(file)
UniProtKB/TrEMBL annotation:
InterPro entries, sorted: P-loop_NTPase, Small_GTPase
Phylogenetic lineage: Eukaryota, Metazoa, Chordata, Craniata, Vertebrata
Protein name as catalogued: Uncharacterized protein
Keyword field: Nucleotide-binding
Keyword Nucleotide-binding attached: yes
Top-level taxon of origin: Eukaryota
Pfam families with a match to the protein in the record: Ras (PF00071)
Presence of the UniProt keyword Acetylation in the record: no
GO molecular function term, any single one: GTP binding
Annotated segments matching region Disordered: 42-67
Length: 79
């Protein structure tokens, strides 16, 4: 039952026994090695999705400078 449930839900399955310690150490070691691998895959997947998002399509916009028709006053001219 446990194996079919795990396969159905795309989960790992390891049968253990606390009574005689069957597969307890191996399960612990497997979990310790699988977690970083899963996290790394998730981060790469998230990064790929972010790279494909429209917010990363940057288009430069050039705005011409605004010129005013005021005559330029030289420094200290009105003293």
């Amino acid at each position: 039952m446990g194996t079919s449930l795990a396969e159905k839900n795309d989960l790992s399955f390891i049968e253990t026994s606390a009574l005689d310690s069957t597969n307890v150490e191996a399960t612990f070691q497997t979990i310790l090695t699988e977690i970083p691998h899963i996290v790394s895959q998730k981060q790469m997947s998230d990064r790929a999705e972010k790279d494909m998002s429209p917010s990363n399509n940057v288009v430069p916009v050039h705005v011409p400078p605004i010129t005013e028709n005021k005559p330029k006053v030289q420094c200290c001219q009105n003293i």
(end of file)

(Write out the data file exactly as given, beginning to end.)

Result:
UniProtKB/TrEMBL annotation:
InterPro entries, sorted: P-loop_NTPase, Small_GTPase
Phylogenetic lineage: Eukaryota, Metazoa, Chordata, Craniata, Vertebrata
Protein name as catalogued: Uncharacterized protein
Keyword field: Nucleotide-binding
Keyword Nucleotide-binding attached: yes
Top-level taxon of origin: Eukaryota
Pfam families with a match to the protein in the record: Ras (PF00071)
Presence of the UniProt keyword Acetylation in the record: no
GO molecular function term, any single one: GTP binding
Annotated segments matching region Disordered: 42-67
Length: 79
């Protein structure tokens, strides 16, 4: 039952026994090695999705400078 449930839900399955310690150490070691691998895959997947998002399509916009028709006053001219 446990194996079919795990396969159905795309989960790992390891049968253990606390009574005689069957597969307890191996399960612990497997979990310790699988977690970083899963996290790394998730981060790469998230990064790929972010790279494909429209917010990363940057288009430069050039705005011409605004010129005013005021005559330029030289420094200290009105003293």
């Amino acid at each position: 039952m446990g194996t079919s449930l795990a396969e159905k839900n795309d989960l790992s399955f390891i049968e253990t026994s606390a009574l005689d310690s069957t597969n307890v150490e191996a399960t612990f070691q497997t979990i310790l090695t699988e977690i970083p691998h899963i996290v790394s895959q998730k981060q790469m997947s998230d990064r790929a999705e972010k790279d494909m998002s429209p917010s990363n399509n940057v288009v430069p916009v050039h705005v011409p400078p605004i010129t005013e028709n005021k005559p330029k006053v030289q420094c200290c001219q009105n003293i």